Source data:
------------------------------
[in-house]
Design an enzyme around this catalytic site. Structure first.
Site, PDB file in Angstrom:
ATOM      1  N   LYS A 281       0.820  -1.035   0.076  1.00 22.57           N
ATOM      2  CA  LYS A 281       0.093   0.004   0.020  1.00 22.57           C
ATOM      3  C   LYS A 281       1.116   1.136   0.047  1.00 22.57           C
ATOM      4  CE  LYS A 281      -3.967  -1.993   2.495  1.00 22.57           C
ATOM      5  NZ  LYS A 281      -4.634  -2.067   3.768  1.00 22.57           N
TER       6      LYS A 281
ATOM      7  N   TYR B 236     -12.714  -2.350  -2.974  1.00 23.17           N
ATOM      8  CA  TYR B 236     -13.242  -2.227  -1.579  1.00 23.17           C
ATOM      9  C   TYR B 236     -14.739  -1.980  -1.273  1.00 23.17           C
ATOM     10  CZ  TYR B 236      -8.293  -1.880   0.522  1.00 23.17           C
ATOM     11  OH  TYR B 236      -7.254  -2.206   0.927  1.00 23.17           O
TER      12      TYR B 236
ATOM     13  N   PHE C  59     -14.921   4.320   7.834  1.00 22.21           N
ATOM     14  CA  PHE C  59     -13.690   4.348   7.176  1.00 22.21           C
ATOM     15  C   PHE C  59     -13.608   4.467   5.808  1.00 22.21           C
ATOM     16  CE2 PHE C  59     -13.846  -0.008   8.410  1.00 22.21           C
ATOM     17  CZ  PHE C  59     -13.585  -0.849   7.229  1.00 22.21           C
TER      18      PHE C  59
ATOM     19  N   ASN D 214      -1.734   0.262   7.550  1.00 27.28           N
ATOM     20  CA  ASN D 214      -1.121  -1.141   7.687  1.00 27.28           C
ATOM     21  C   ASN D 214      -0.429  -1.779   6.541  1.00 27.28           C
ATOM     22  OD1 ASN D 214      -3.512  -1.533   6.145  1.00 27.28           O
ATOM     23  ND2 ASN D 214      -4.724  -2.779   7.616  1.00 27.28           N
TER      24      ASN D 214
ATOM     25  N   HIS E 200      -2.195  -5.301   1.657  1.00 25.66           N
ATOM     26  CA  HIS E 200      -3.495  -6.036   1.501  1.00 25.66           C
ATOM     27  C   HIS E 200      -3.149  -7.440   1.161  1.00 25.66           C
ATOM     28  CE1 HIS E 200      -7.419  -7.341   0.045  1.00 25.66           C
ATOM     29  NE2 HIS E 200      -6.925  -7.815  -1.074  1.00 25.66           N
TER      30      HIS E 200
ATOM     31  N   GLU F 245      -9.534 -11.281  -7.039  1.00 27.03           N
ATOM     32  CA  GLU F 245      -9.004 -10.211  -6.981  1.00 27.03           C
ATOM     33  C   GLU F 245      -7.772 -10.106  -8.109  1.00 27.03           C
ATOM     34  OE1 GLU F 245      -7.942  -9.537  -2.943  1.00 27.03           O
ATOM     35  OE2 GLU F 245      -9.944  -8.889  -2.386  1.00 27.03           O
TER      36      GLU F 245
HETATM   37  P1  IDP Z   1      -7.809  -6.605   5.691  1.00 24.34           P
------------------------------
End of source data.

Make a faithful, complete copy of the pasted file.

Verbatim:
[in-house]
Design an enzyme around this catalytic site. Structure first.
Site, PDB file in Angstrom:
ATOM      1  N   LYS A 281       0.820  -1.035   0.076  1.00 22.57           N
ATOM      2  CA  LYS A 281       0.093   0.004   0.020  1.00 22.57           C
ATOM      3  C   LYS A 281       1.116   1.136   0.047  1.00 22.57           C
ATOM      4  CE  LYS A 281      -3.967  -1.993   2.495  1.00 22.57           C
ATOM      5  NZ  LYS A 281      -4.634  -2.067   3.768  1.00 22.57           N
TER       6      LYS A 281
ATOM      7  N   TYR B 236     -12.714  -2.350  -2.974  1.00 23.17           N
ATOM      8  CA  TYR B 236     -13.242  -2.227  -1.579  1.00 23.17           C
ATOM      9  C   TYR B 236     -14.739  -1.980  -1.273  1.00 23.17           C
ATOM     10  CZ  TYR B 236      -8.293  -1.880   0.522  1.00 23.17           C
ATOM     11  OH  TYR B 236      -7.254  -2.206   0.927  1.00 23.17           O
TER      12      TYR B 236
ATOM     13  N   PHE C  59     -14.921   4.320   7.834  1.00 22.21           N
ATOM     14  CA  PHE C  59     -13.690   4.348   7.176  1.00 22.21           C
ATOM     15  C   PHE C  59     -13.608   4.467   5.808  1.00 22.21           C
ATOM     16  CE2 PHE C  59     -13.846  -0.008   8.410  1.00 22.21           C
ATOM     17  CZ  PHE C  59     -13.585  -0.849   7.229  1.00 22.21           C
TER      18      PHE C  59
ATOM     19  N   ASN D 214      -1.734   0.262   7.550  1.00 27.28           N
ATOM     20  CA  ASN D 214      -1.121  -1.141   7.687  1.00 27.28           C
ATOM     21  C   ASN D 214      -0.429  -1.779   6.541  1.00 27.28           C
ATOM     22  OD1 ASN D 214      -3.512  -1.533   6.145  1.00 27.28           O
ATOM     23  ND2 ASN D 214      -4.724  -2.779   7.616  1.00 27.28           N
TER      24      ASN D 214
ATOM     25  N   HIS E 200      -2.195  -5.301   1.657  1.00 25.66           N
ATOM     26  CA  HIS E 200      -3.495  -6.036   1.501  1.00 25.66           C
ATOM     27  C   HIS E 200      -3.149  -7.440   1.161  1.00 25.66           C
ATOM     28  CE1 HIS E 200      -7.419  -7.341   0.045  1.00 25.66           C
ATOM     29  NE2 HIS E 200      -6.925  -7.815  -1.074  1.00 25.66           N
TER      30      HIS E 200
ATOM     31  N   GLU F 245      -9.534 -11.281  -7.039  1.00 27.03           N
ATOM     32  CA  GLU F 245      -9.004 -10.211  -6.981  1.00 27.03           C
ATOM     33  C   GLU F 245      -7.772 -10.106  -8.109  1.00 27.03           C
ATOM     34  OE1 GLU F 245      -7.942  -9.537  -2.943  1.00 27.03           O
ATOM     35  OE2 GLU F 245      -9.944  -8.889  -2.386  1.00 27.03           O
TER      36      GLU F 245
HETATM   37  P1  IDP Z   1      -7.809  -6.605   5.691  1.00 24.34           P